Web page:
Another reason Chinatown needs to be part of City Council District 2

City Council District 2September 12, 2017- Margaret Chin skipped the debates, ran for an illegal third-term, and still won the primaries for City Council District 1. Aaron Foldenaur, a candidate that defeated all of the others by a wide margin in our poll, which was biased towards non-Chinatown regions, lost badly.

The residents of Tribeca, SoHo, FiDi, the Seaport, and BPC are not being represented properly as long as the lower East Side and Chinatown is part of District 1.

February 21, 2016- We have previously reported on how members of the Chinese-American community have wanted their city council district to be merged with District 2, which is the Lower East Side.

In the news now, “At least 10,000 people, many of them Chinese Americans, crammed into Cadman Plaza in Downtown Brooklyn yesterday afternoon to protest the treatment of former NYPD officer Peter Liang, who was found guilty of second-degree manslaughter two weeks ago.

Protesters piled into vans and subways beginning Saturday morning in Chinatowns across the city. Yonghon Tan, a Chinese American in her thirties, took the R train from Elmhurst after the van she’d lined up for was too full to accommodate any more passengers.

“When I heard the result, I started reading the newspaper and looking up what actually happened,” Tan told Gothamist while on the subway platform. “I think it’s unfair to put a rookie in the most unsafe place in the city. Then, after the shooting, the NYPD abandoned him. The NYPD should be held accountable just as much as he is for what happened.”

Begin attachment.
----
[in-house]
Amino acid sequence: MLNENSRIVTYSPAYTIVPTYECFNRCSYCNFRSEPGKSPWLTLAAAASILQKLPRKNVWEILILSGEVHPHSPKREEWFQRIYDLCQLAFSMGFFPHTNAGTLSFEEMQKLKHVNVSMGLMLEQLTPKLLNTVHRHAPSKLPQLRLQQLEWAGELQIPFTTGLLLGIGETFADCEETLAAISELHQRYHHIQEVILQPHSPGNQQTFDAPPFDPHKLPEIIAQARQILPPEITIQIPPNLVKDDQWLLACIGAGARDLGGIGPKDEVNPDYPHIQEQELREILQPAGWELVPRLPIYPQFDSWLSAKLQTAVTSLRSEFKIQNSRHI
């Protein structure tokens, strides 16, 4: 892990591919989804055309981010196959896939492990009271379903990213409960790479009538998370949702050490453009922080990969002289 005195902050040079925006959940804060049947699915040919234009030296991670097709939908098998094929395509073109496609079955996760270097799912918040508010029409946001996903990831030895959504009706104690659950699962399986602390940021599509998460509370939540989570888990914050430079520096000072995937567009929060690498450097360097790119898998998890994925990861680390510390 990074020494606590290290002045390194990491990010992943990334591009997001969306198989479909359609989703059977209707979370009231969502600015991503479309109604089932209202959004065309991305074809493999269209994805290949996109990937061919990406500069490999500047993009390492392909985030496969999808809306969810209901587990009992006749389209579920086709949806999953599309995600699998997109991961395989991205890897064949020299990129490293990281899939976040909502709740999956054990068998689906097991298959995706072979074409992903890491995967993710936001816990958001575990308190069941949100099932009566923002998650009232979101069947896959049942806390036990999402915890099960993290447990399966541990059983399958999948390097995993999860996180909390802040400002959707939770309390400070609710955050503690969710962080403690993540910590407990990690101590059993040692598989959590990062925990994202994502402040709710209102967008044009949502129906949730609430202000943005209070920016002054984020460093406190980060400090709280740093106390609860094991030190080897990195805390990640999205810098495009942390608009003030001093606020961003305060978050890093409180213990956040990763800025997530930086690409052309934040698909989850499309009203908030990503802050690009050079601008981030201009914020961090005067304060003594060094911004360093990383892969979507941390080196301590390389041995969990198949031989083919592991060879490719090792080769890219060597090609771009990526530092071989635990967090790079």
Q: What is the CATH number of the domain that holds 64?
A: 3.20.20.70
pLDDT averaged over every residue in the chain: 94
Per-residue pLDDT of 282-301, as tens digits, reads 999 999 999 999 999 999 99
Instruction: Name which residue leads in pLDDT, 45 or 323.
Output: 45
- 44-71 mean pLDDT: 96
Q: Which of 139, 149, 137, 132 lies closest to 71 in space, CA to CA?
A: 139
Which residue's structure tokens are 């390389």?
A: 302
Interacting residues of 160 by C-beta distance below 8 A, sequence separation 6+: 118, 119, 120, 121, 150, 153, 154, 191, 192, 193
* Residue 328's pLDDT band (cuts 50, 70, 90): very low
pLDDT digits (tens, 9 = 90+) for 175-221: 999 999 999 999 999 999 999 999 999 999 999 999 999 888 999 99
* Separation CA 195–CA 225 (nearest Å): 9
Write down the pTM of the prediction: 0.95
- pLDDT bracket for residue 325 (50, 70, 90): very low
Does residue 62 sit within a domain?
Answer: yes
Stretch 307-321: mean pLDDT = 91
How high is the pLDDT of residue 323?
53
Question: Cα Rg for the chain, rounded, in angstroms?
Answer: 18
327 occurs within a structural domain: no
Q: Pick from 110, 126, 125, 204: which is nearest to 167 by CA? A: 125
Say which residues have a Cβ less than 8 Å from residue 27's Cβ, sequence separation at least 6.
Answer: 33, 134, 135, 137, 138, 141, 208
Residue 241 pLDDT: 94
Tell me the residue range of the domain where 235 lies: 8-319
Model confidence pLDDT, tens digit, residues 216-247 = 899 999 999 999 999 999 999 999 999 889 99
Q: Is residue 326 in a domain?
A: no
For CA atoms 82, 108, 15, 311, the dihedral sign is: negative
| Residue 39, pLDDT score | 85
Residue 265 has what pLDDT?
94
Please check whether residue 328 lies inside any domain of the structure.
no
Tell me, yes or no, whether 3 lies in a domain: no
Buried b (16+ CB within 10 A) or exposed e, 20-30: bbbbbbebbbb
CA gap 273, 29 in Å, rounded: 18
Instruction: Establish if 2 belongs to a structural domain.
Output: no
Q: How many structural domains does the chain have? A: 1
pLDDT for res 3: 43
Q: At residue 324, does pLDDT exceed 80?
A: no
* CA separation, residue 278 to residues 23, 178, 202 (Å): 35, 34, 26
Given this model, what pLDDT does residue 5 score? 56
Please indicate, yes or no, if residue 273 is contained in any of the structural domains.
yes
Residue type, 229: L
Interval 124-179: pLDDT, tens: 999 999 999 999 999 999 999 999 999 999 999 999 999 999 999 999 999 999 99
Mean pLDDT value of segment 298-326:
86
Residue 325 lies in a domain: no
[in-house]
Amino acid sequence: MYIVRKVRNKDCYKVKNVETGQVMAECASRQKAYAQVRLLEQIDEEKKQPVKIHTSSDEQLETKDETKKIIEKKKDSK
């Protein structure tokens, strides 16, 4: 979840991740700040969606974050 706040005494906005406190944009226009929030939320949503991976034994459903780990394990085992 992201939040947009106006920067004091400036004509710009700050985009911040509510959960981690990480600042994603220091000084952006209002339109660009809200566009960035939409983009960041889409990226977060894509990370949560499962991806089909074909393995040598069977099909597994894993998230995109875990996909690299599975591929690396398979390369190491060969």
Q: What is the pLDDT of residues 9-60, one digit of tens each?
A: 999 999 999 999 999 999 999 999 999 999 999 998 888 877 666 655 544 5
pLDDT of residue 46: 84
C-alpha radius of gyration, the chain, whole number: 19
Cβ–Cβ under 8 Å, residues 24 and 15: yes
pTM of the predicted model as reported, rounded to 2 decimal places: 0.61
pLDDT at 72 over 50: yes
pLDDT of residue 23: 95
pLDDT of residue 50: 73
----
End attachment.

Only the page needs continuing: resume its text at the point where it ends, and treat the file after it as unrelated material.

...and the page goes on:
Liang shot and killed 28-year-old Akai Gurley in the dark stairwell of East New York’s Pink Houses in November of 2014.

Many in the crowd lashed out against a criminal justice system they perceive as biased against minorities. While Liang, a rookie sent to a housing project deemed “one of the most dangerous in the city,” was found guilty and is facing serious jail time, NYPD officers like Daniel Pantaleo, who choked Eric Garner to death on a Staten Island sidewalk in 2014, never get indicted.

“We understand the pain among our African-American brothers and sisters, who have witnessed the killing of one unarmed black man after another in continuous succession, with no prosecutions against the officers,” former City Comptroller John Liu, told the raucous crowd. “That is a great injustice.”

Away from the speakers at the northern end of the park, supporters of the verdict, including Hortencia Peterson, the aunt of Akai Gurley, stood in front of a large “Black Lives Matter” banner, and faced near-relentless aggression and derogatory language from those who had come to protest Liang’s treatment.

After earlier scuffles, where Liang supporters had apparently ripped up a sign belonging to them, the supporters of the verdict were moved to a median in the middle of the street by the NYPD, completely surrounding them on all sides by the protestors.

“Peter Liang shouldn’t have been allowed to kill anybody, it’s wrong,” Najieb Isaac, a supporter of the verdict and member of the group Why Accountability, which focuses on the prosecution of police misconduct, shouted across the street to the opposing protesters. “And if you’re standing for that, you’re standing for the wrong thing. You should be standing against police brutality and murder.”

Members of CAAAV, an advocacy group in New York allied against police violence that works with Asian immigrants, who have stood with the Gurley family since the immediate aftermath of the shooting, raised their arms and chanted “which side are you on?” in solidarity with Gurley’s aunt. The group has had several threats made against them since the verdict.

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